CDC Warns of Potential Increase in Acute Flaccid Myelitis Cases

Over the last few years, there have been slight increases in the number of acute flaccid myelitis (AFM) cases throughout the United States. Specifically, 2014, 2016, and 2018 all saw rising numbers. Due to the pandemic and more social distancing measures, as well as masks, there was not much of an increase from 2018 to now. However, shares Inside Edition, the CDC have once again warned about possible increases in AFM cases.

According to the CDC, the hypothesized reason for the recent increase in cases is an increase in respiratory illnesses. Doctors are unsure of the exact cause of acute flaccid myelitis. However, viruses are meant to play a role; thus, viral respiratory illnesses can cause this to develop. AFM often manifests within 1-4 weeks following the viral infection. This condition is most common from late summer through early fall, and most commonly affects younger children.

It is important to seek treatment as soon as you can. One warning sign for parents is if a child seems to be recovering well before a sudden turn (feeling worse again, experiencing weakness or difficulty breathing).

So far, the United States has seen 13 different AFM cases in nine different states. However, some neurologists and pediatricians believe that cases may increase in the coming months as children return back to school.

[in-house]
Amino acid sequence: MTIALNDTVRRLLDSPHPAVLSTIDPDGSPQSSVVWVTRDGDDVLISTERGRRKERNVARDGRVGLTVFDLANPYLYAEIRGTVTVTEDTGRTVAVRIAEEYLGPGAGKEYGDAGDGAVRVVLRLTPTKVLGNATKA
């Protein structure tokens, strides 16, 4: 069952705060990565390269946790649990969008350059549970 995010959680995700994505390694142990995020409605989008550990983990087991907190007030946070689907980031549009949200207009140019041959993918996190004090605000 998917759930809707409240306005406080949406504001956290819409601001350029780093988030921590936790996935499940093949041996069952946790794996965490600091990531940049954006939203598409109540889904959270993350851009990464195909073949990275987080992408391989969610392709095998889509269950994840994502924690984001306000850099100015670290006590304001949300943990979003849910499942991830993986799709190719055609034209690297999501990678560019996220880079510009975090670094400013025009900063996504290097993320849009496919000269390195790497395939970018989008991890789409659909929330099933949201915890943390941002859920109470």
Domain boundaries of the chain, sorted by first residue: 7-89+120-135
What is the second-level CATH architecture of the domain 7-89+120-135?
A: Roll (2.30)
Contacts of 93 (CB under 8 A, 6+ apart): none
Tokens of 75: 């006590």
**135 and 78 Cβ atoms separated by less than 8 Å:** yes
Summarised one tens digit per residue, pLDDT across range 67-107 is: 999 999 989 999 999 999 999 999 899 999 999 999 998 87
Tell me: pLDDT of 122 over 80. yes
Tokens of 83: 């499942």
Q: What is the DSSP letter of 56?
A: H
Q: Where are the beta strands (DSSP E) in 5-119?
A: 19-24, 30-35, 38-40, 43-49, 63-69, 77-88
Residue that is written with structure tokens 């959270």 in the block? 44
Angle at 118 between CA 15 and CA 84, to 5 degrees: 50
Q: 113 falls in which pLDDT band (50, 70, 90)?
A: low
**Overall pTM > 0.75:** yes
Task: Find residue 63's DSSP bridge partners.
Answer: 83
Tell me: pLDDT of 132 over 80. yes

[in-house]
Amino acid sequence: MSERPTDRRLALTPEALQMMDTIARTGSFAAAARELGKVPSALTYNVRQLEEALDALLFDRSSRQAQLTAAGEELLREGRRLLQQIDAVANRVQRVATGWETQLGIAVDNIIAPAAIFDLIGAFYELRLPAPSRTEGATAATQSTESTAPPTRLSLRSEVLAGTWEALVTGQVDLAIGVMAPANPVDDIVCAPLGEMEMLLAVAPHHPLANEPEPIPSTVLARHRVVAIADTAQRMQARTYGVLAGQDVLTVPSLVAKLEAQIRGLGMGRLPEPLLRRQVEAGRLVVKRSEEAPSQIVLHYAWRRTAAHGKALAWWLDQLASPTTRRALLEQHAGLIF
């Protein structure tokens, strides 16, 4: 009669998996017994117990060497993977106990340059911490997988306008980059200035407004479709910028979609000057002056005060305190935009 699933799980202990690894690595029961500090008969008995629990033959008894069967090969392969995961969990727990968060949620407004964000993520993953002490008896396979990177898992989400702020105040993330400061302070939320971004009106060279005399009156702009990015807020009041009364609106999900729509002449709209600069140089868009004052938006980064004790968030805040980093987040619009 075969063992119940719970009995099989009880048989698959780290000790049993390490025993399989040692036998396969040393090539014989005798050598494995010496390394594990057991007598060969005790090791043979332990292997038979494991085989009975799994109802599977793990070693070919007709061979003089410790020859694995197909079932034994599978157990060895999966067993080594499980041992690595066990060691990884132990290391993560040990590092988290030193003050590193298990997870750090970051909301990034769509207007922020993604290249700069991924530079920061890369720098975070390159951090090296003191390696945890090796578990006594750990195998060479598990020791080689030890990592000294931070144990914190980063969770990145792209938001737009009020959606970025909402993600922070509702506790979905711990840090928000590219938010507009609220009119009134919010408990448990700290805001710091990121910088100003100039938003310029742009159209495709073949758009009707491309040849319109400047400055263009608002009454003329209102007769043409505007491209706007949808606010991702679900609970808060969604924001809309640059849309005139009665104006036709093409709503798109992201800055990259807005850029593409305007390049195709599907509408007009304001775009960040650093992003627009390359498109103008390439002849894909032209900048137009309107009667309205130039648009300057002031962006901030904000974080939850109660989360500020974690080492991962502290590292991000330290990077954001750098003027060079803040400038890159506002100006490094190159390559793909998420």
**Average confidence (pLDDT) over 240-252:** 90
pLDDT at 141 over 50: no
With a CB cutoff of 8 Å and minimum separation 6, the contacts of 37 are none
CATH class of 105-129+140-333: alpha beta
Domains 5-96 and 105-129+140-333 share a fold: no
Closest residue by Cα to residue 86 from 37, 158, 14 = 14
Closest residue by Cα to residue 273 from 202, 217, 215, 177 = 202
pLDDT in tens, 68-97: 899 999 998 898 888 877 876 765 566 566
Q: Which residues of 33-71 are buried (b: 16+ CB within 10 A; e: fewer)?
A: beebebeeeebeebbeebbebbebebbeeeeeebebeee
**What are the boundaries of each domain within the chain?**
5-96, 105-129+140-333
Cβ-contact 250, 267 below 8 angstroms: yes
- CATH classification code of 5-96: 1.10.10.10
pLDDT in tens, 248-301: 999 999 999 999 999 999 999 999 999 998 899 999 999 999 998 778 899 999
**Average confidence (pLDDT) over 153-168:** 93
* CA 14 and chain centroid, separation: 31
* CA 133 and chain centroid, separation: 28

To protect against AFM, continue practicing good hygeine practices, stay up-to-date on recommended vaccinations, and speak with your doctor if you or your family are experiencing any AFM symptoms.

What is Acute Flaccid Myelitis (AFM)?

Acute flaccid myelitis (AFM) is a rare but serious neurological condition that largely affects children. It affects the nervous system and, more specifically, gray matter. Symptoms are often very similar to that of polio. These symptoms, which may appear very suddenly, can include:

  • Loss of reflexes
  • Arm or leg weakness or paralysis
  • Difficulty swallowing
  • Slurred speech
  • Drooping eyelids
  • Difficulty moving the eyes
  • Blood pressure instability
  • Arm, leg, back, and/or neck pain
  • Facial weakness or drooping
  • Inability to pass urine
  • Loss of muscle tone
  • Numbness and/or tingling
  • Respiratory failure
Jessica Lynn

Jessica Lynn

Jessica Lynn has an educational background in writing and marketing. She firmly believes in the power of writing in amplifying voices, and looks forward to doing so for the rare disease community.

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